American Journal of Clinical Dermatology

, Volume 12, Issue 2, pp 87–99 | Cite as

Postinflammatory Hyperpigmentation

Etiologic and Therapeutic Considerations
  • Valerie D. Callender
  • Sharleen St. Surin-Lord
  • Erica C. Davis
  • Marissa Maclin
Therapy In Practice Therapies for Postinflammatory Hyperpigmentation

Abstract

Postinflammatory hyperpigmentation (PIH) is a reactive hypermelanosis and sequela of a variety of inflammatory skin conditions. PIH can have a negative impact on a patient’s quality of life, particularly for darker-skinned patients. Studies show that dyschromias, including PIH, are one of the most common presenting complaints of darker-skinned racial ethnic groups when visiting a dermatologist. This is likely due to an increased production or deposition of melanin into the epidermis or dermis by labile melanocytes. A variety of endogenous or exogenous inflammatory conditions can culminate in PIH and typically most epidermal lesions will appear tan, brown, or dark brown while dermal hypermelanosis has a blue-gray discoloration.

Depigmenting agents target different steps in the production of melanin, most commonly inhibiting tyrosinase. These agents include hydroquinone, azelaic acid, kojic acid, arbutin, and certain licorice (glycyrrhiza) extracts. Other agents include retinoids, mequinol, ascorbic acid (vitamin C), niacinamide, N-acetyl glucosamine, and soy, and these products depigment by different mechanisms. Certain procedures can also be effective in the treatment of PIH including chemical peeling and laser therapy. It is important to note that these same therapeutic modalities may also play a role in causing PIH. Lastly, those lesions that are not amenable to medical or surgical therapy may experience some improvement with cosmetic camouflage.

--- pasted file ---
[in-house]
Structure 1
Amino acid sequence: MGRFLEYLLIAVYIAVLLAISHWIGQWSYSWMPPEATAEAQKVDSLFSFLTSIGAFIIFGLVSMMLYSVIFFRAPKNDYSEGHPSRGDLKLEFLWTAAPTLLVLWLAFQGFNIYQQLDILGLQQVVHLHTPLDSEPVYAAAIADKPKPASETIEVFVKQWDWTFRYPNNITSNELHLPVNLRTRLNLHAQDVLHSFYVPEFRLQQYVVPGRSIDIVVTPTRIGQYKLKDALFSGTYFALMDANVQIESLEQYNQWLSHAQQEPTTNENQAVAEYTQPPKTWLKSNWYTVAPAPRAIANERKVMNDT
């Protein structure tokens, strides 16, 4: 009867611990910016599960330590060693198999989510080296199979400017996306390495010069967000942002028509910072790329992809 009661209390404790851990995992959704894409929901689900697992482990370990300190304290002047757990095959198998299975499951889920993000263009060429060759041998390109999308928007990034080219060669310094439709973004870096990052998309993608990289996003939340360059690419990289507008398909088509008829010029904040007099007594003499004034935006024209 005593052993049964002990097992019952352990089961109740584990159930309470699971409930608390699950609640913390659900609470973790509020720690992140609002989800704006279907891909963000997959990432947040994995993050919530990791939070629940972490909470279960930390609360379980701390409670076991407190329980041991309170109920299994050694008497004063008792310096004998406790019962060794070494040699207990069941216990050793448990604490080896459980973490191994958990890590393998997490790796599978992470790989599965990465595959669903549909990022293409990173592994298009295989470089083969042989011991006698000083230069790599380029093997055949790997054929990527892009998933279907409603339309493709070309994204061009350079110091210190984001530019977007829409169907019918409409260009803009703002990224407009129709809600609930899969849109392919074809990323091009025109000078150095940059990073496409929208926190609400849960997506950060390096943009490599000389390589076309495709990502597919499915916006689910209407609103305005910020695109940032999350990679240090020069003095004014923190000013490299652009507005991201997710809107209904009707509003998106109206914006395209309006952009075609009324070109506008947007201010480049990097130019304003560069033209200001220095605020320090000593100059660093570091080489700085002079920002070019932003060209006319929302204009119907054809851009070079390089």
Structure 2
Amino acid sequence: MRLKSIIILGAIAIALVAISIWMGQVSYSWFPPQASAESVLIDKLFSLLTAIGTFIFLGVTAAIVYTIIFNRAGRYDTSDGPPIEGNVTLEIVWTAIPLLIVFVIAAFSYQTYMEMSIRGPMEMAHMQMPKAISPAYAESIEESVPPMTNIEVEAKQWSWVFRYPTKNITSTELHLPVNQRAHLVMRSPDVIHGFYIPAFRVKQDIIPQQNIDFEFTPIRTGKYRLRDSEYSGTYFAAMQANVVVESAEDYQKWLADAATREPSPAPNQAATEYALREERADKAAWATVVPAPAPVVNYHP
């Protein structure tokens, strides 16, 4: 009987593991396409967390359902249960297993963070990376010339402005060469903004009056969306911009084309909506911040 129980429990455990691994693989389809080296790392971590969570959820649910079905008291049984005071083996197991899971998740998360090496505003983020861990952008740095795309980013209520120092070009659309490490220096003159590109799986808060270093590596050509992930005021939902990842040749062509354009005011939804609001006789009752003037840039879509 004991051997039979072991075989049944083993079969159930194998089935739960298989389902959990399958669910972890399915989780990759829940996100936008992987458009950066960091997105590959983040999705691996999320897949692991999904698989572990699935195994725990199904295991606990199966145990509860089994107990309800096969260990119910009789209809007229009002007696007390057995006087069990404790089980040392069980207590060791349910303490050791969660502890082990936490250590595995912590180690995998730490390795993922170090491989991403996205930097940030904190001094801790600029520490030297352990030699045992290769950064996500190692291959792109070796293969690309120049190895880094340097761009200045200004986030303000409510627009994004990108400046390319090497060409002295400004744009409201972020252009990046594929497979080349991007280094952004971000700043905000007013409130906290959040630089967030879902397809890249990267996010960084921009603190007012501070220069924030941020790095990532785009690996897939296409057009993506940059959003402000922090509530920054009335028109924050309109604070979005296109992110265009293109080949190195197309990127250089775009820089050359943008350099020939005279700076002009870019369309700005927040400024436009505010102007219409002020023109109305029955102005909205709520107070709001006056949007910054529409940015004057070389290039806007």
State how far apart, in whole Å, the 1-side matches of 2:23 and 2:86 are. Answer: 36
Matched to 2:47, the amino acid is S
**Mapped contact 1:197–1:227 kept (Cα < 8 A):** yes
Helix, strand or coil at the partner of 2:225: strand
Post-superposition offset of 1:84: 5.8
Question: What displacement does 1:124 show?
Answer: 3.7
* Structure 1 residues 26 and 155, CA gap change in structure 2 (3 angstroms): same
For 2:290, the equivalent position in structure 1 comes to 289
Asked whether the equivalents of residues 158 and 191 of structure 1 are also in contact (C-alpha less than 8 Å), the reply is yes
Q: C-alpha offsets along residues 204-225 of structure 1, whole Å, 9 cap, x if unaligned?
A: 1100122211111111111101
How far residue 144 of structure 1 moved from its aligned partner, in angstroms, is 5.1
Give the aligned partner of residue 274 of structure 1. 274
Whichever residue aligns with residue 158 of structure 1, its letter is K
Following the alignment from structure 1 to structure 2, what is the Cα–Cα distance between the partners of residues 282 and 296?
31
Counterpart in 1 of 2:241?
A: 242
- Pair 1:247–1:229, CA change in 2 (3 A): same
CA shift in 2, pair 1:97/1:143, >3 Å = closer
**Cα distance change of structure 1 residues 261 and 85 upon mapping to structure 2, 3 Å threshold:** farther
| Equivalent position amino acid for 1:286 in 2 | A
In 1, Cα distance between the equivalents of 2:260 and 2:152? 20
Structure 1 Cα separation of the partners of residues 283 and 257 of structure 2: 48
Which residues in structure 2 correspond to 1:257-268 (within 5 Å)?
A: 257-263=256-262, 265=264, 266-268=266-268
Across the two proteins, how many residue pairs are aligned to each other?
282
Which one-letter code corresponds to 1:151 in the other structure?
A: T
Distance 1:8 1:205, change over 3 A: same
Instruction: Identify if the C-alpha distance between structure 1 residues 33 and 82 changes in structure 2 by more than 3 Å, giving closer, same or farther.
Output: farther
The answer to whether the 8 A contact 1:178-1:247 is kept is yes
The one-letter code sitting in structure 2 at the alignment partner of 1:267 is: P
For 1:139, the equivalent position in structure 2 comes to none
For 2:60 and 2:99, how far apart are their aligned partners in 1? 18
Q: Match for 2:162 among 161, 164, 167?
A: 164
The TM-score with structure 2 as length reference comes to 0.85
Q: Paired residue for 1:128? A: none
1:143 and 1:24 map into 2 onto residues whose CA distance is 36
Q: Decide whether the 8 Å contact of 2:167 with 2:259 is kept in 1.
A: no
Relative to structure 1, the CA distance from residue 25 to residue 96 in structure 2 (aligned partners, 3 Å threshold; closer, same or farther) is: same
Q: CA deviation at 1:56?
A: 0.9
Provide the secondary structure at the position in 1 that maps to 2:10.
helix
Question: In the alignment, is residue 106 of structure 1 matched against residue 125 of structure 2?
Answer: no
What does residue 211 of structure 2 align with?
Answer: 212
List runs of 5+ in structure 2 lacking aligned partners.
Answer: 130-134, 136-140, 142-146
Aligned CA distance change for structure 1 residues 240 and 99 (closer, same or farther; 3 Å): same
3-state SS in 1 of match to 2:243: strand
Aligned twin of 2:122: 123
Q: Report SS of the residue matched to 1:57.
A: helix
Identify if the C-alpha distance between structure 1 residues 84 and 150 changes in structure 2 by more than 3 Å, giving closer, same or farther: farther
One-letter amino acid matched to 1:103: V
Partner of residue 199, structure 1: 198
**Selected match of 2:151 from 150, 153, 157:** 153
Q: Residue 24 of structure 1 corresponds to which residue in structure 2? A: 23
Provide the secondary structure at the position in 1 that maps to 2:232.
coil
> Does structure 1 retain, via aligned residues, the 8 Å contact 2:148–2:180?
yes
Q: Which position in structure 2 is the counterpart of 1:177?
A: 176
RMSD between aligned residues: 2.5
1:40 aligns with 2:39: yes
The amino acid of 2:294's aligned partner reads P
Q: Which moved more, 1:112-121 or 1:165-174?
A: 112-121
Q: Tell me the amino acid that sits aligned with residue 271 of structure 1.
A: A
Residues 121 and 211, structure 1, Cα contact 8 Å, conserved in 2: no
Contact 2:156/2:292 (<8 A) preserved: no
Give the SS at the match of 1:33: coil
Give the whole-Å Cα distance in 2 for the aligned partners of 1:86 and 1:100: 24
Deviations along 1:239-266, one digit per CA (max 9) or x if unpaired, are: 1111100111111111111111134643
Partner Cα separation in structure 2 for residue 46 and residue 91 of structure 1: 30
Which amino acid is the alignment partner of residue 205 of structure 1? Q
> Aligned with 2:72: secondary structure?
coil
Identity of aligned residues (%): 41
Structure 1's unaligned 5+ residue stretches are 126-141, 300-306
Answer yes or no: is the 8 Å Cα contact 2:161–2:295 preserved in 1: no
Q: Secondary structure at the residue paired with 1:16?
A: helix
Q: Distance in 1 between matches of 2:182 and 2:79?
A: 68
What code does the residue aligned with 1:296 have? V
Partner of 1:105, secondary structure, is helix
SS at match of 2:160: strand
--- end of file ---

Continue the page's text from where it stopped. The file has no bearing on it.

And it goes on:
Notes

Acknowledgments

No sources of funding were used in the preparation of this review. Valerie D. Callender, MD, is a consultant and speaker for Allergan, Galderma, Skin Medica, and Proctor & Gamble, a researcher for Intendis, and a consultant and researcher for Medicis. The other authors have no conflicts of interest that are directly relevant to the content of this review.

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Copyright information

© Adis Data Information BV 2011

Authors and Affiliations

  • Valerie D. Callender
    • 1
    • 2
  • Sharleen St. Surin-Lord
    • 1
    • 2
  • Erica C. Davis
    • 1
  • Marissa Maclin
    • 3
  1. 1.Callender Skin and Laser CenterGlenn DaleUSA
  2. 2.Department of DermatologyHoward University College of MedicineWashington, DCUSA
  3. 3.Stony Brook University School of MedicineStony BrookUSA

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